The Wardrobe’s Best Dressed: Amy Miller’s “White Noise Lullaby”


Six Objects That Are Mine
and One That Isn’t

After a day of doctors and work
and money and even
the painstaking steering
to not hit that jerk
in the parking garage,
the soft hermetic
closing of my door sounds
like an army of angels
laying down their guns.
And my kitchen, the last
brown shards of sunset
sliding their blades
across the cabinets,
suddenly is paradise, the faucet
playing small creek music
as six objects on the sill—
two horses, a soapstone god,
the clock, the cup and bowl—
hold quiet court with the one
I’ll never fully own, the plant
turning its panels to light
and mining a life
from its fistful of soil.

This selection comes from Amy Miller’s chapbook White Noise Lullaby available now from Cyclone Press. Purchase your copy here!

Amy Miller‘s poetry has appeared in Bellingham Review, Many Mountains Moving, Nimrod, Northwest Review, Permafrost, Rattle, and ZYZZYVA, and the online chapbookRough House ( She won the Cultural Center of Cape Cod National Poetry Competition, judged by Tony Hoagland, as well as the Whiskey IslandPoetry Prize and the Cloudbank Prize, and has been a finalist for the Pablo Neruda Prize and the 49th Parallel Award. She lives in Ashland, Oregon, where she is the poetry editor of the NPR listening guide Jefferson Journal, works as the publications project manager for the Oregon Shakespeare Festival, and blogs at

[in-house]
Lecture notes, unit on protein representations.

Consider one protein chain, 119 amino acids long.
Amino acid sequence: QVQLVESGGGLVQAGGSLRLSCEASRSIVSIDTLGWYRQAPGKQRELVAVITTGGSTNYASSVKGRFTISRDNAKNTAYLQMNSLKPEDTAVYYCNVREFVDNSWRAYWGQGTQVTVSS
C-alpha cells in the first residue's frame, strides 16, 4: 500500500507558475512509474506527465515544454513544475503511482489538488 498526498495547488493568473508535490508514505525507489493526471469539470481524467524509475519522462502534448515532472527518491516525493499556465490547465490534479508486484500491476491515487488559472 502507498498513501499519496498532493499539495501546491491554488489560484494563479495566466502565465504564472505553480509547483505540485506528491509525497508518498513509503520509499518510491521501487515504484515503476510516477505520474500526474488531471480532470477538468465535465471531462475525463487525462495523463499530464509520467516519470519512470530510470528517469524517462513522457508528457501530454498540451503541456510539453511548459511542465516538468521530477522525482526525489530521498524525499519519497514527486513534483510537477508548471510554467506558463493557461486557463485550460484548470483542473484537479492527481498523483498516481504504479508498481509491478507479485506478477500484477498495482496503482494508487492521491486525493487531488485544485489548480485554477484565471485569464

Noh Anothai was a researcher with the Thailand-United States Education Foundation (Fulbright Thailand) from 2011-12. In that time he translated programs and hosted cultural events for Thailand’s College of Dramatic Arts under the Ministry of Culture. Winner of Lunch Ticket’s inaugural Gabo Prize for Translation and Multilingual Texts in 2014, Anothai’s original poems and translations of Thai poetry have appeared in Ecotone, The Berkeley Poetry Review, and others.  He has contributed to Words Without Borders and Tin House, and serves as a reader for the  international River Styx poetry contest. He teaches for the online MFA program in Creative Writing at Lindenwood University.


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